[FoRK] Income distribution changes over the last 30+ years

Reza B'Far reza.bfar at oracle.com
Wed Nov 10 23:19:24 PST 2010

IMHO Income distribution does matter, per se, if the masses start to see that there are huge inequity despite how hard they may try, etc. etc.  The real interesting part for me will come when this becomes a question asked within religious communities (which is currently not)... Then what happens to the coalition of conservatism?

----- Original Message -----
From: andrew at ceruleansystems.com
To: fork at xent.com
Sent: Wednesday, November 10, 2010 11:13:58 PM GMT -08:00 US/Canada Pacific
Subject: Re: [FoRK] Income distribution changes over the last 30+ years

On Nov 10, 2010, at 2:34 PM, Lorin Rivers wrote:
> More commentary about wealth distribution in the US.
>     “The richest 1 percent of Americans now take home almost 24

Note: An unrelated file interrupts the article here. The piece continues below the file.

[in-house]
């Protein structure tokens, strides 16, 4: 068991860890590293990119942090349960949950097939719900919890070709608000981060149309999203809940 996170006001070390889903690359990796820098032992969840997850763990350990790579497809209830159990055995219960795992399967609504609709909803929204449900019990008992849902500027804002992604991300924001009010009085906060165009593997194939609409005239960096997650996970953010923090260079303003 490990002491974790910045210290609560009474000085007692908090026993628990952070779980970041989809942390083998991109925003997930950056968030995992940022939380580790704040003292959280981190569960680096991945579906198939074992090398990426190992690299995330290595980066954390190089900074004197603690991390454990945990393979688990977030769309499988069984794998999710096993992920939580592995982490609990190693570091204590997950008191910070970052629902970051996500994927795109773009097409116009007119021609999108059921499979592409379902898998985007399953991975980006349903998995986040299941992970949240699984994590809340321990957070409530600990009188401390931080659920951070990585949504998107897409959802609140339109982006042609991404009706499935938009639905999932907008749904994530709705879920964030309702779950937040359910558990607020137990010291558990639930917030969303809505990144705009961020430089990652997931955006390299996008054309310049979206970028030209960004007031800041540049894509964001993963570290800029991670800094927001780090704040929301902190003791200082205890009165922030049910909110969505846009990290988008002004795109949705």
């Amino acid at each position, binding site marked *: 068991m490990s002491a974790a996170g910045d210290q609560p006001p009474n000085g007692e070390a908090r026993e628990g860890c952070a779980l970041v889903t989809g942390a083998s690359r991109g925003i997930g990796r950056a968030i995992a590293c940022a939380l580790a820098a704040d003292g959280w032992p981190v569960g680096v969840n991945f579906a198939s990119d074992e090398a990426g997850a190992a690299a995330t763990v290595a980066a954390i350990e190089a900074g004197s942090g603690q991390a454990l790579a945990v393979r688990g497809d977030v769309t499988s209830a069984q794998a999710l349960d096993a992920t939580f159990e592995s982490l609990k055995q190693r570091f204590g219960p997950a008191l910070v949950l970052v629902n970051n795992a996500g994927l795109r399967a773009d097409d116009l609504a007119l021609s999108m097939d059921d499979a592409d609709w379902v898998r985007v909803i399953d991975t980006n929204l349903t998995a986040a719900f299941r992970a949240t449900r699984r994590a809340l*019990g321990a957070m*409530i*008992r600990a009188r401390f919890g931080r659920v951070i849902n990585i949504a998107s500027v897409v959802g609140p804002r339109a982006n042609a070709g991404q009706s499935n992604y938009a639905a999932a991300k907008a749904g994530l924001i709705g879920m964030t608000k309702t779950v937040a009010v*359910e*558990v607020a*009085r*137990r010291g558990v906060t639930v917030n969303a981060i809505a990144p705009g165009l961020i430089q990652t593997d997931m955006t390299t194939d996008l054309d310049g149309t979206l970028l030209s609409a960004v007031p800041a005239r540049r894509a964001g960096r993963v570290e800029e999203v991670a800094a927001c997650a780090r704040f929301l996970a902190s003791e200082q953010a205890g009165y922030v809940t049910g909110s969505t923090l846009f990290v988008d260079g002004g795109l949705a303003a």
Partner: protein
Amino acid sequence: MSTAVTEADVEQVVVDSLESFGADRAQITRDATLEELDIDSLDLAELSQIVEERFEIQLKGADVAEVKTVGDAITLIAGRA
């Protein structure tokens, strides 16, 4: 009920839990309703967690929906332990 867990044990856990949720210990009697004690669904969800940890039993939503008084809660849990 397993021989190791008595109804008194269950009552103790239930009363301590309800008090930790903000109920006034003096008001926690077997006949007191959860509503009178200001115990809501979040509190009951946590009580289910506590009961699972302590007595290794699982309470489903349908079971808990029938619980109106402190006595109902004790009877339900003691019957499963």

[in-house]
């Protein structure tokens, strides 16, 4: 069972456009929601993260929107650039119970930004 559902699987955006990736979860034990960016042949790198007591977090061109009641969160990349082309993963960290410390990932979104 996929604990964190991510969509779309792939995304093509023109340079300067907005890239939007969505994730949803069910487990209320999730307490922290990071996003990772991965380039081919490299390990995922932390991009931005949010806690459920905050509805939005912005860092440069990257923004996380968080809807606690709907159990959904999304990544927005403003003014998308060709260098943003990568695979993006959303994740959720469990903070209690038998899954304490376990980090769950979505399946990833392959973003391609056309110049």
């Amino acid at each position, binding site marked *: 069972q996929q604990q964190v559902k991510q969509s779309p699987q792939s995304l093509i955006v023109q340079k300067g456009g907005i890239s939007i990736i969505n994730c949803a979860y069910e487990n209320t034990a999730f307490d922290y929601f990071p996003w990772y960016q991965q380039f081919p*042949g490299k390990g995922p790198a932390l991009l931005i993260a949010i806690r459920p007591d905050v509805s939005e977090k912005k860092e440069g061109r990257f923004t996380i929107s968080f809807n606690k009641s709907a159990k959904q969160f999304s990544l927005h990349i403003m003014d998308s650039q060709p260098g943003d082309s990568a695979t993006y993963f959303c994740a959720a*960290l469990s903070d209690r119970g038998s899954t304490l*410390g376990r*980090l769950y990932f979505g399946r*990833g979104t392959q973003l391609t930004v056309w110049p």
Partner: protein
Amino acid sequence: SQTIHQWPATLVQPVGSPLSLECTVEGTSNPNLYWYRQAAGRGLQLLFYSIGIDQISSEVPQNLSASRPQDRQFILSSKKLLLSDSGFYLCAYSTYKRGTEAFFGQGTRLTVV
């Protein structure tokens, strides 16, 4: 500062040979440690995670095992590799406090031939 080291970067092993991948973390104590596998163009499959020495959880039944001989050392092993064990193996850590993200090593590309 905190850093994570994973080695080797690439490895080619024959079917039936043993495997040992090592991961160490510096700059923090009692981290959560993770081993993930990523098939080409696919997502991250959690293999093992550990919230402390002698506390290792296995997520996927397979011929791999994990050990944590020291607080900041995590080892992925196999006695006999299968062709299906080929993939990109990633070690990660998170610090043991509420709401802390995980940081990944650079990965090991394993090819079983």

>      percent of income, up from almost 9 percent in 1976. As Timothy
>      Noah of Slate noted in an excellent series on inequality, the
>      United States now arguably has a more unequal distribution of
>      wealth than traditional banana republics like Nicaragua, Venezuela
>      and Guyana.”

It is not obvious that the distribution of income matters per se.  How effectively that income is utilized and deployed in the aggregate matters far more for the well-being of a society than any details of the distribution.

In this context, banana republics are not defined by the distribution of income but by how many barriers exist to prevent a fool from being parted from his money.  The income distribution in the US exists despite the fact that there are relatively few barriers to separating fools from their money.  Income accruing to those that do nothing to earn it, whether concentrated in a handful of warlords or being nominally redistributed evenly by communists, is the real issue.

Economies are sensitive to deadweight loss and opportunity costs more than they are sensitive to income distributions. 
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